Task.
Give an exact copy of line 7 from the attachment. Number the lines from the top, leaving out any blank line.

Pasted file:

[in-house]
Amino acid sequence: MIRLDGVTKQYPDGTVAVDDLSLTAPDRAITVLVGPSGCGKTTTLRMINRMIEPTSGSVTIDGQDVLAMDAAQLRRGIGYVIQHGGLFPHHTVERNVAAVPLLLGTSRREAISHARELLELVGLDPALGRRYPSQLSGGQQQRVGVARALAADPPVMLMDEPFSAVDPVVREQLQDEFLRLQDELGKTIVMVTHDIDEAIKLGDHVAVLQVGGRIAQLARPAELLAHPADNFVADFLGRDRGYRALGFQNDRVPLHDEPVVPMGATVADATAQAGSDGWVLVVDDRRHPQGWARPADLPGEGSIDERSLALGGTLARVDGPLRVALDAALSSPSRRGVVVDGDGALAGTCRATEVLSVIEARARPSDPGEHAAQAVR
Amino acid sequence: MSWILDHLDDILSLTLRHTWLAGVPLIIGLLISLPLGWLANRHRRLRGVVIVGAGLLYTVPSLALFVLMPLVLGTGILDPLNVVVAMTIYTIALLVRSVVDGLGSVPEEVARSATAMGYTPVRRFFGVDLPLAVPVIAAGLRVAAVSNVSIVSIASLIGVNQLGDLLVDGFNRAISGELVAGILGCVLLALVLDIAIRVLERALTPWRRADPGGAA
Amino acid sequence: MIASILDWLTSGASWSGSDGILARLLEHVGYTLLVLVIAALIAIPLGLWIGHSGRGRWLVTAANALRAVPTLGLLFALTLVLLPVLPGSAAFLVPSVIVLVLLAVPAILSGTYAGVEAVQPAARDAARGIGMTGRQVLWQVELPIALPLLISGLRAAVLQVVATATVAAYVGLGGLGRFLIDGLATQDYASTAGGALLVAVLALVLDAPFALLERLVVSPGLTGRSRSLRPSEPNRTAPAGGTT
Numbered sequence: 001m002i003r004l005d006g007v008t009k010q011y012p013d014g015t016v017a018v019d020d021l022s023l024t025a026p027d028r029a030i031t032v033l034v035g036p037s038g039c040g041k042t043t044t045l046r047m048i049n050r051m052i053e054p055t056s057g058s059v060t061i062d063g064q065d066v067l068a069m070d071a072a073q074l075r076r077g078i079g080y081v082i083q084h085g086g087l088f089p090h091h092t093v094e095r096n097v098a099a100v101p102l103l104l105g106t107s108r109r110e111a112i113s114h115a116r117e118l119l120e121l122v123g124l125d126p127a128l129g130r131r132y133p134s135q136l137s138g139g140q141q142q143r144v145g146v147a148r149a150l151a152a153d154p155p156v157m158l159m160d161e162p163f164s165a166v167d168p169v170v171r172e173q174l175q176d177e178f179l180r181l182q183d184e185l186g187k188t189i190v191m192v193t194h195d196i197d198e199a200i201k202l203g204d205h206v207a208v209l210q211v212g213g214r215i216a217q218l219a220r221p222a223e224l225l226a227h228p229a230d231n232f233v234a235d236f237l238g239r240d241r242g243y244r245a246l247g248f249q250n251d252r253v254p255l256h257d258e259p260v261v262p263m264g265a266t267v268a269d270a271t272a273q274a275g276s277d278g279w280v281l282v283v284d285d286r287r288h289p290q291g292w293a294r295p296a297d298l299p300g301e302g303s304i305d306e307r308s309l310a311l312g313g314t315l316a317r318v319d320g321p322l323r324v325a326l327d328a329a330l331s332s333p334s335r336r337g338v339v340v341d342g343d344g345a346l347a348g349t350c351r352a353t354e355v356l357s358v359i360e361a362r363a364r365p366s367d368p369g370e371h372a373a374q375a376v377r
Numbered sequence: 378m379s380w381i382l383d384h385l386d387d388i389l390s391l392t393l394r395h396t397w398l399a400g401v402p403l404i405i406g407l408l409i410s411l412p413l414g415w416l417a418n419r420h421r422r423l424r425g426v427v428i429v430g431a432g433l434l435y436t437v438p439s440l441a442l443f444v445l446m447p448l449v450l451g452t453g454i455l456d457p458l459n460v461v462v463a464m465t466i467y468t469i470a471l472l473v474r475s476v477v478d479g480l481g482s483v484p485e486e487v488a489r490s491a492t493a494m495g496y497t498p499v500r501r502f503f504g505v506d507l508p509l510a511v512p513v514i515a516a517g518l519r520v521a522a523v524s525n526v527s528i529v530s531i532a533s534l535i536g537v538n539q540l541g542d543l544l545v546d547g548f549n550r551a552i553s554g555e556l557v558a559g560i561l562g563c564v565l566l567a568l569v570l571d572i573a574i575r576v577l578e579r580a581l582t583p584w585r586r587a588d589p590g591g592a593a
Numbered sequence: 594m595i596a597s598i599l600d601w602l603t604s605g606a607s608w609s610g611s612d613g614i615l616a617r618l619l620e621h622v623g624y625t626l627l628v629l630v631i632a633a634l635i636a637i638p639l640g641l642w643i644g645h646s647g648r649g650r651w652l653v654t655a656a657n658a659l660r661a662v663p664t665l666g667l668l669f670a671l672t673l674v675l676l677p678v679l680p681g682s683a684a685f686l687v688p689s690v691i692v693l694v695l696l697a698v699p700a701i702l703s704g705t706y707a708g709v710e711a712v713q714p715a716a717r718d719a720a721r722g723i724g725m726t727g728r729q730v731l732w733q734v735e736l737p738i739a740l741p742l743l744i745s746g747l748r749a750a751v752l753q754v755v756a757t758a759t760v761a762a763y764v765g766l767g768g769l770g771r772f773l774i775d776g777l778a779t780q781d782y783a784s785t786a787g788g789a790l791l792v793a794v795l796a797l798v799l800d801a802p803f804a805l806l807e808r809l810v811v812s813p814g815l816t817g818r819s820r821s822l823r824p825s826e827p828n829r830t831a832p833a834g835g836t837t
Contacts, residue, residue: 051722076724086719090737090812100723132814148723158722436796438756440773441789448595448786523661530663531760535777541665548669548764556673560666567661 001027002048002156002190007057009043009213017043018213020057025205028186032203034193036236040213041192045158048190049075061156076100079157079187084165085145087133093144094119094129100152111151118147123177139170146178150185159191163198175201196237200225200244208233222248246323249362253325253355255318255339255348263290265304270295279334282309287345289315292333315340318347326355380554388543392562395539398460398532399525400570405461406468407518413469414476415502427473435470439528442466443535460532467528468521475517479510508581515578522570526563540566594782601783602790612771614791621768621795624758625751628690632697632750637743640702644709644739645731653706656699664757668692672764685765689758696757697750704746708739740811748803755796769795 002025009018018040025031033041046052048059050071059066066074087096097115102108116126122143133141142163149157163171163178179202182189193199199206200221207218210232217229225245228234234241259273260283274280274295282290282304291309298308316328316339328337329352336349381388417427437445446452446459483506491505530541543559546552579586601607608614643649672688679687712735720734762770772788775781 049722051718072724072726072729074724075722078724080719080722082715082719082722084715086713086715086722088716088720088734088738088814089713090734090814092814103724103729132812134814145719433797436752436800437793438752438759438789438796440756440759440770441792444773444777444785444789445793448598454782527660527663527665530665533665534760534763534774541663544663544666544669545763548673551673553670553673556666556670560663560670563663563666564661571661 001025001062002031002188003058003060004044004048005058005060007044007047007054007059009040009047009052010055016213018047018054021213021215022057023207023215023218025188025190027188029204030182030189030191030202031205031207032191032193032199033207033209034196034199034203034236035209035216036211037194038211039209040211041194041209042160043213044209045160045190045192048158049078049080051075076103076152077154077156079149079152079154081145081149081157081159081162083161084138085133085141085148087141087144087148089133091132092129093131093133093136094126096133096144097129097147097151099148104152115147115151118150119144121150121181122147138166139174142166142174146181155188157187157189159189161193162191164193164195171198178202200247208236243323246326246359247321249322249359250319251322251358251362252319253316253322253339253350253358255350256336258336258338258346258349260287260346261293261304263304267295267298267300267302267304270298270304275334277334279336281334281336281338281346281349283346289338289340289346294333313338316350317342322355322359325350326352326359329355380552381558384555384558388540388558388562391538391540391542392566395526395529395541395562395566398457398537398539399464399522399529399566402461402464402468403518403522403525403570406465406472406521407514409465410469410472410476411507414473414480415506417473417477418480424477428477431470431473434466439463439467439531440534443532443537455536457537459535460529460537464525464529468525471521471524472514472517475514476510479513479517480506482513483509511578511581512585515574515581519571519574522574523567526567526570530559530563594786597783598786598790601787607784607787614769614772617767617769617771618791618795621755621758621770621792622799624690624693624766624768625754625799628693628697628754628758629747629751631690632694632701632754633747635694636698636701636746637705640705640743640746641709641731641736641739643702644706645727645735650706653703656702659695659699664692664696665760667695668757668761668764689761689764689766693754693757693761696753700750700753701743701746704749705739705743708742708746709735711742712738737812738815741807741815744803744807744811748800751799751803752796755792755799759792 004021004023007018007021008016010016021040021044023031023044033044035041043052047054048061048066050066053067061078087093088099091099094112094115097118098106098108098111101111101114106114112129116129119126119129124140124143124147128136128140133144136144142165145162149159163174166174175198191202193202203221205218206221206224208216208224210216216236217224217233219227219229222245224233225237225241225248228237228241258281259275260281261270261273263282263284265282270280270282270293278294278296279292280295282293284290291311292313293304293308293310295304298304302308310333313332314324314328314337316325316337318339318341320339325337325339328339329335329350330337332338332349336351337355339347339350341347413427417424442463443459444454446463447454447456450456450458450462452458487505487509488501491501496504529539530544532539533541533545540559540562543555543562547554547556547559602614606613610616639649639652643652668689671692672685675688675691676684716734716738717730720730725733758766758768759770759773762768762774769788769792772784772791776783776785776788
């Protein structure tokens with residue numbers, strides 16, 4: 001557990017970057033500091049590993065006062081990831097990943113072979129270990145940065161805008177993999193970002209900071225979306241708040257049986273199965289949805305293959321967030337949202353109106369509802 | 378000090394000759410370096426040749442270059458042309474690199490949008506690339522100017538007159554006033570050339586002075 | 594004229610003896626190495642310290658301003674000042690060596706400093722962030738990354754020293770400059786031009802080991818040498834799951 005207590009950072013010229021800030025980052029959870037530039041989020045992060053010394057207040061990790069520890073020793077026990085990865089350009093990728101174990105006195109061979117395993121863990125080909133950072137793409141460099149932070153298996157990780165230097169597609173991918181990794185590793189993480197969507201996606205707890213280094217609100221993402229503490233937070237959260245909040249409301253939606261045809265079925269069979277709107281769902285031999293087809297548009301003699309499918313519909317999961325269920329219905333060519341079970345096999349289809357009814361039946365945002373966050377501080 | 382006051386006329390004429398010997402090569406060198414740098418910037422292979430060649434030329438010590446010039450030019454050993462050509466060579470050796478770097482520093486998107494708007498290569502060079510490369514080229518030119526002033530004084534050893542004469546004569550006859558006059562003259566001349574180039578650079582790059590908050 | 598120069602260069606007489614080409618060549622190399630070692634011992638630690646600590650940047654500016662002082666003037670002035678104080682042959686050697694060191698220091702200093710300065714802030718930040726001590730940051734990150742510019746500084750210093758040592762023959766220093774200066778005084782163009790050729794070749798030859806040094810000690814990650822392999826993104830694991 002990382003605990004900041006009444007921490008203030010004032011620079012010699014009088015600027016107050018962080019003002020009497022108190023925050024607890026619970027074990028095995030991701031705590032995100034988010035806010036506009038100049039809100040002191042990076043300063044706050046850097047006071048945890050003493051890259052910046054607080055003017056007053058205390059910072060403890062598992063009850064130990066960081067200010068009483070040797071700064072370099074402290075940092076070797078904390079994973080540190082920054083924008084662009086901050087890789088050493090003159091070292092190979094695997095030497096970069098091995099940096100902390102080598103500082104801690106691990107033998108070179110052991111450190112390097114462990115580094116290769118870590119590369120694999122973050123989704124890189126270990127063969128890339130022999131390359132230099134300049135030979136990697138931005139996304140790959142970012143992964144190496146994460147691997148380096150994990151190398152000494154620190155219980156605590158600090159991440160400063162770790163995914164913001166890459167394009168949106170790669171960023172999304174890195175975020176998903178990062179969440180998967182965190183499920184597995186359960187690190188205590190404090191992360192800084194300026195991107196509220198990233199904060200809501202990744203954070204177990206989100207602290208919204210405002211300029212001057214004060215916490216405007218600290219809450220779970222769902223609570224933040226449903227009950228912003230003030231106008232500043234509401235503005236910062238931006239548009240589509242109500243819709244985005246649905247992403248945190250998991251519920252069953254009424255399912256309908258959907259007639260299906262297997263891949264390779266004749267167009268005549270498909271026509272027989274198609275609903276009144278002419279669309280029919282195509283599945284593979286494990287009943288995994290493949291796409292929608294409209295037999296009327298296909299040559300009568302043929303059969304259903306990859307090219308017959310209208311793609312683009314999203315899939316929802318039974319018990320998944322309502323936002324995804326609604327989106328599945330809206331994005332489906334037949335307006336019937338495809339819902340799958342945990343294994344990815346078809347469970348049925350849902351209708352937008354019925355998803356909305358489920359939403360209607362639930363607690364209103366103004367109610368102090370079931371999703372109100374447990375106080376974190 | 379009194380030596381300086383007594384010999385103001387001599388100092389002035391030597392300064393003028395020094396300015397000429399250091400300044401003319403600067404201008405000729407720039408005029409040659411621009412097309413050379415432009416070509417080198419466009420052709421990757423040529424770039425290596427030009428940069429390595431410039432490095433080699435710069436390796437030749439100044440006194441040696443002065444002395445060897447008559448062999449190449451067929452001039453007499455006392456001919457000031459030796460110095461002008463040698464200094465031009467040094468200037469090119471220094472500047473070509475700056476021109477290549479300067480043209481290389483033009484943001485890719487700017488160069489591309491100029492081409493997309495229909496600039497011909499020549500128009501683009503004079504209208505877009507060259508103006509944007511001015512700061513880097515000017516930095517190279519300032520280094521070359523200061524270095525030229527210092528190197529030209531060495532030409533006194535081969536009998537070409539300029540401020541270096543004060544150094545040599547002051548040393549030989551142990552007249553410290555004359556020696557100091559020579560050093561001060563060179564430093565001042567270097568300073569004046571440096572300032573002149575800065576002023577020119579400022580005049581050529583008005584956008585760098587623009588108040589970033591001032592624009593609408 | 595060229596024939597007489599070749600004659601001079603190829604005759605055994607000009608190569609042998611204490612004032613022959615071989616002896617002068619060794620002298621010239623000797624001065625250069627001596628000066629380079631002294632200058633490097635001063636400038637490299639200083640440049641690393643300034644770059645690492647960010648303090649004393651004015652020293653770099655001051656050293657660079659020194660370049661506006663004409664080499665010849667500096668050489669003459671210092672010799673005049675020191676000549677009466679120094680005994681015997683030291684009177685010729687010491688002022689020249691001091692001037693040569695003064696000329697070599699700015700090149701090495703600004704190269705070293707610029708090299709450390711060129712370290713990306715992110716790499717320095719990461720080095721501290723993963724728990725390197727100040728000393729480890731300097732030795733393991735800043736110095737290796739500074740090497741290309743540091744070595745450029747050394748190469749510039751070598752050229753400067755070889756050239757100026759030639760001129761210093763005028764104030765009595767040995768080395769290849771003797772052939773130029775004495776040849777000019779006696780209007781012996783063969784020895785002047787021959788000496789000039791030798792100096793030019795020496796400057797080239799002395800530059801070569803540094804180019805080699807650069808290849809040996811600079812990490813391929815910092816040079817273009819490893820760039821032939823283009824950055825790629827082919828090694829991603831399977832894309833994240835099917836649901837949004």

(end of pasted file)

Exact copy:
Numbered sequence: 594m595i596a597s598i599l600d601w602l603t604s605g606a607s608w609s610g611s612d613g614i615l616a617r618l619l620e621h622v623g624y625t626l627l628v629l630v631i632a633a634l635i636a637i638p639l640g641l642w643i644g645h646s647g648r649g650r651w652l653v654t655a656a657n658a659l660r661a662v663p664t665l666g667l668l669f670a671l672t673l674v675l676l677p678v679l680p681g682s683a684a685f686l687v688p689s690v691i692v693l694v695l696l697a698v699p700a701i702l703s704g705t706y707a708g709v710e711a712v713q714p715a716a717r718d719a720a721r722g723i724g725m726t727g728r729q730v731l732w733q734v735e736l737p738i739a740l741p742l743l744i745s746g747l748r749a750a751v752l753q754v755v756a757t758a759t760v761a762a763y764v765g766l767g768g769l770g771r772f773l774i775d776g777l778a779t780q781d782y783a784s785t786a787g788g789a790l791l792v793a794v795l796a797l798v799l800d801a802p803f804a805l806l807e808r809l810v811v812s813p814g815l816t817g818r819s820r821s822l823r824p825s826e827p828n829r830t831a832p833a834g835g836t837t